1. Students will use critical thinking and research skills to overcome CTF-style challenges
  2. Students will work with a range of ethical hacking and reverse engineering tools

ISTM283CO1 Cyber Operations 1

Credits 3Winter

Registration Requirement: Corequisite: CIS153

Cyber Ops 1 introduces the core security concepts and skills needed to monitor, detect, analyze and respond to cybersecurity issues facing an organization. This course will emphasize the practical application of skills needed to maintain and ensure security operational readiness of secure networked systems. The skills developed in the curriculum prepares students for a career as Security Op Center analyst or Incident Responder.

View Course Outcomes:

  1. Explain and and use hands on skills to show how to detect and respond to security incidents
  2. Explain how organizations deal with cybercrime, cyberespionage, insider threats, advanced persistent threats, regulatory requirements, and related issues
  3. Practice job-ready skills for in-demand job roles in cybersecurity operations

ISTM283CO2 Cyber Operations 2

Credits 3Spring

Registration Requirement: ISTM283CO1

Cyber Ops 2 takes the student deeper into the practical application of skills needed to maintain and ensure security operational readiness of secure networked systems. The skills developed in the curriculum prepares students for a national cyber competition.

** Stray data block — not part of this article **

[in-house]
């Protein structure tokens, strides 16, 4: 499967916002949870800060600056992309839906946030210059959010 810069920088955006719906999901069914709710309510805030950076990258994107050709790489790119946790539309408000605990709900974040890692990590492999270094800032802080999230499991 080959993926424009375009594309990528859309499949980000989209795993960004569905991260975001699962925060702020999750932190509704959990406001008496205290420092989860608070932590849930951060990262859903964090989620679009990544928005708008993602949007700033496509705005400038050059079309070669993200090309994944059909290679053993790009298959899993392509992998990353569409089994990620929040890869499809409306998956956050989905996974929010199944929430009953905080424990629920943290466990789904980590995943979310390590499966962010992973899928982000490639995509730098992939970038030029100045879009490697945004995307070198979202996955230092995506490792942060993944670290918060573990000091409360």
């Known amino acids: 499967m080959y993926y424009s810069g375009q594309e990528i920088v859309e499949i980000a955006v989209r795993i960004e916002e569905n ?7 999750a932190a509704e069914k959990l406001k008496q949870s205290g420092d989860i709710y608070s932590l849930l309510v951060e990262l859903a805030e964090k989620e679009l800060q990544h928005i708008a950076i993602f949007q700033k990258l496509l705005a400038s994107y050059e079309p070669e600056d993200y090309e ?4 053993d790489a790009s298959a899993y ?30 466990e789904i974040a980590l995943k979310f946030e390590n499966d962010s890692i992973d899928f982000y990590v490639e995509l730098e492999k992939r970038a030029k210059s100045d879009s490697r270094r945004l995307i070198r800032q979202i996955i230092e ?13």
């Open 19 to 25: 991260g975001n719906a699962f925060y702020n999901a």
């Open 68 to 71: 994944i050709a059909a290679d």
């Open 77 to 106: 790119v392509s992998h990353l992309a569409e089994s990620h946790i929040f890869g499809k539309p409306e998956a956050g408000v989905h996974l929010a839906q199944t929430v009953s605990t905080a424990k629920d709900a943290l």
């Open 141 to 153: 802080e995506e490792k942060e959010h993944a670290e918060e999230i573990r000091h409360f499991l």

View Course Outcomes:

  1. Compete in a national cyber team competition
  2. Develop knowledge base for industry recognized CCNA Cybersecurity Operations certification
  3. Explain and use hands on skills to show how to detect and respond to severe security incidents
  4. Explain how organizations deal with cybercrime, cyberespionage, insider threats, advanced persistent threats, regulatory requirements, and related issues
  5. Practice job-ready skills for in-demand job roles in cybersecurity operations

ISTM283F Practical Digital Forensics

Credits 3Spring

Registration Requirement: RD090 and WR090, or IECC201R and IECC201W; and MTH020; each with a grade of "C" or better, or placement above stated course levels.

This intermediate level course presents digital forensics instruction from a systems security perspective using a variety of software. Students participating in this class will use a variety of digital forensics tools; and are exposed to drive image making, working with various PC and Mobile device hardware, and investigations of files and documents. Investigative techniques practiced in this class are performed in a secure environment.

View Course Outcomes:

  1. Analyze various cases to determine digital actions of a user
  2. Compare and contrast analysis differences between common computer operating systems
  3. Demonstrate analysis techniques to open SAM, SYSTEM and SECURITY files
  4. Demonstrate the creation of a digital image of a physical storage device
  5. Describe an appropriate evidence handling process
  6. Describe how analysis of computer logs demonstrate attribution
  7. Describe various laws affecting the pursuance of a forensic analysis.
  8. Explain how deleted digital information can be recovered
  9. Using an existing report template, write a report of an analysis of digital evidence for a case
  10. Using common digital forensics tools, demonstrate the technique for locating a variety of file types

ISTM284E Ethical Hacking